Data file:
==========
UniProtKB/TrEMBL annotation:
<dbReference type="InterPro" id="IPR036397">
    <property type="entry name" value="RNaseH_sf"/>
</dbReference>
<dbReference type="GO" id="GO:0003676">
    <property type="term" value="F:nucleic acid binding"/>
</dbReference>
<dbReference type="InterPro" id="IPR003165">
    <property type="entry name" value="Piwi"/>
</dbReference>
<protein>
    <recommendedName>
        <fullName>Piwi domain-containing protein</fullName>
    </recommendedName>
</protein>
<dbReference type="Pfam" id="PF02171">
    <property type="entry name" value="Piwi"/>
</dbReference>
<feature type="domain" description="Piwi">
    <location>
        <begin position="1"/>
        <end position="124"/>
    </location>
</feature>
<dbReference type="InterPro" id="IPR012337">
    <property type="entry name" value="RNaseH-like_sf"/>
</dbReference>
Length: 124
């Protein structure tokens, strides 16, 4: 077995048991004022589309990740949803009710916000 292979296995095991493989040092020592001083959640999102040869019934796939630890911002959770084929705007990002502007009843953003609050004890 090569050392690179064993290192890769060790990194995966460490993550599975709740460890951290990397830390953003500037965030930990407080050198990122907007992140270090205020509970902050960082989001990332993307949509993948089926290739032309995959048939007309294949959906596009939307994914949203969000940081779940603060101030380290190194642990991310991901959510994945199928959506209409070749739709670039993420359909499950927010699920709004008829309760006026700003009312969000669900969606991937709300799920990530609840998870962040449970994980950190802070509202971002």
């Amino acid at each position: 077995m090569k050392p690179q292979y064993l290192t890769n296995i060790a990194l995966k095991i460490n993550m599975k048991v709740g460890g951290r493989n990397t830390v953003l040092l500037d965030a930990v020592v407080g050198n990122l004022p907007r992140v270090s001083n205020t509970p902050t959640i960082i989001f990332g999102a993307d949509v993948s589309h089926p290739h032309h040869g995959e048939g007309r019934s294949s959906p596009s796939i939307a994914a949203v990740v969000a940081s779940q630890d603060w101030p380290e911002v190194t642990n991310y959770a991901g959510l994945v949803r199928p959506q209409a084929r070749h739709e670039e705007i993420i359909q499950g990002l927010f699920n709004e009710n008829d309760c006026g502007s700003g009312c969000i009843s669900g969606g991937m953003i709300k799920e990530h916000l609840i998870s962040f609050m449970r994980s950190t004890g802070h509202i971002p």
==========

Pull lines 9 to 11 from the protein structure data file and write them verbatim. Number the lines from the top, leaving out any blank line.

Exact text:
    <property type="entry name" value="Piwi"/>
</dbReference>
<protein>